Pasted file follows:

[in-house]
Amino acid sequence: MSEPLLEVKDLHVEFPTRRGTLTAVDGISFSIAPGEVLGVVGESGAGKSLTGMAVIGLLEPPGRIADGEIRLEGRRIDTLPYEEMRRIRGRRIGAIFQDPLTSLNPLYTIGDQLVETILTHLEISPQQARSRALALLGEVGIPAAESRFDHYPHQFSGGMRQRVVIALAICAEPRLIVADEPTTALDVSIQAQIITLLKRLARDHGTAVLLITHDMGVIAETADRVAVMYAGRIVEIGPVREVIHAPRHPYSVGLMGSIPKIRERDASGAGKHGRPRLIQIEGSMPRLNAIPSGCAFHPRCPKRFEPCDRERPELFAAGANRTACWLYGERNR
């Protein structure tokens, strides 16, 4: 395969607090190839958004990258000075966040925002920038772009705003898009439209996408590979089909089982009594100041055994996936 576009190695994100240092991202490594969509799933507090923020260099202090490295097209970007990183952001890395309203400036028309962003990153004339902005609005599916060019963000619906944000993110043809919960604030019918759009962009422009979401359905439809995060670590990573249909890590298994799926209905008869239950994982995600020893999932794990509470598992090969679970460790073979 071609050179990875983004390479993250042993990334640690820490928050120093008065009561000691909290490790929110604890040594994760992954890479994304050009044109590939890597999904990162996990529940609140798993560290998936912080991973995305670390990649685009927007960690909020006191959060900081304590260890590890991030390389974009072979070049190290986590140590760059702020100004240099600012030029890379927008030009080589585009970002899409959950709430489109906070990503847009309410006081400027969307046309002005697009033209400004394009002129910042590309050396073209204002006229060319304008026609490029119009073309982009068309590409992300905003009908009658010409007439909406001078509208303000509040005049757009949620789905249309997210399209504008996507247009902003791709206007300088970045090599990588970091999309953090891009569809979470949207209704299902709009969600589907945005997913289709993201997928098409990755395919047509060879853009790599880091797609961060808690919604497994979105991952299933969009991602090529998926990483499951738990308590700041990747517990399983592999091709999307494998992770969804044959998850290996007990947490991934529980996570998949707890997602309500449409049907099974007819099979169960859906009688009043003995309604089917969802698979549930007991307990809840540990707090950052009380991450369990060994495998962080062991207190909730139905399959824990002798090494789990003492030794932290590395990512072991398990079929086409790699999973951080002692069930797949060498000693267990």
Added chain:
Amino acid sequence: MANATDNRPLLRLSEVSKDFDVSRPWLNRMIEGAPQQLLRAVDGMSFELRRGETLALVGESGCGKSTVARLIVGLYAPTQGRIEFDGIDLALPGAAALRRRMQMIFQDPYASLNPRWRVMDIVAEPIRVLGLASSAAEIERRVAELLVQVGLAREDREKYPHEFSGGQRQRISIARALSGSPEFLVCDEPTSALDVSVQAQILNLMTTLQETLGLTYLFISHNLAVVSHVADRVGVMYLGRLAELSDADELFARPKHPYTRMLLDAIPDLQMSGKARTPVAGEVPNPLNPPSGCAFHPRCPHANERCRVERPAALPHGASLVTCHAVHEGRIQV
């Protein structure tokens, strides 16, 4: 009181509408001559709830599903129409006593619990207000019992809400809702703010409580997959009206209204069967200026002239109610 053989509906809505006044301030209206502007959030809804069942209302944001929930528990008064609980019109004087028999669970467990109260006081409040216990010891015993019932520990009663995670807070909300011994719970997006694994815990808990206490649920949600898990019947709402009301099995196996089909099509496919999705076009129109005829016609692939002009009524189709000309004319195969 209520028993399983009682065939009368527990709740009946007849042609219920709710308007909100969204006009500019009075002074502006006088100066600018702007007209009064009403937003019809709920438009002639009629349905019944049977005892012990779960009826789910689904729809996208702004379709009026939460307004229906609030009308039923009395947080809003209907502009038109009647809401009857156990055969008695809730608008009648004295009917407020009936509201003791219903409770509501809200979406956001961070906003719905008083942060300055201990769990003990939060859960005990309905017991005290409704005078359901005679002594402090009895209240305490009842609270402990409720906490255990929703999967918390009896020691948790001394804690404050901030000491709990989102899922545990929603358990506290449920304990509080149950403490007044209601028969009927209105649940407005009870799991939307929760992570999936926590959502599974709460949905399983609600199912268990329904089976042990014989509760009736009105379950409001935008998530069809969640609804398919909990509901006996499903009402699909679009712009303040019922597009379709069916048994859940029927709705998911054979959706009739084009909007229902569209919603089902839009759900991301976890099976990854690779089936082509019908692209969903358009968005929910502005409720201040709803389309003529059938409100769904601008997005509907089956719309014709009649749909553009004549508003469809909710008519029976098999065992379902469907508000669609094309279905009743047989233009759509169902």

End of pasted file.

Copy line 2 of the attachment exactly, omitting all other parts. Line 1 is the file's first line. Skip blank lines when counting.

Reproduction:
Amino acid sequence: MSEPLLEVKDLHVEFPTRRGTLTAVDGISFSIAPGEVLGVVGESGAGKSLTGMAVIGLLEPPGRIADGEIRLEGRRIDTLPYEEMRRIRGRRIGAIFQDPLTSLNPLYTIGDQLVETILTHLEISPQQARSRALALLGEVGIPAAESRFDHYPHQFSGGMRQRVVIALAICAEPRLIVADEPTTALDVSIQAQIITLLKRLARDHGTAVLLITHDMGVIAETADRVAVMYAGRIVEIGPVREVIHAPRHPYSVGLMGSIPKIRERDASGAGKHGRPRLIQIEGSMPRLNAIPSGCAFHPRCPKRFEPCDRERPELFAAGANRTACWLYGERNR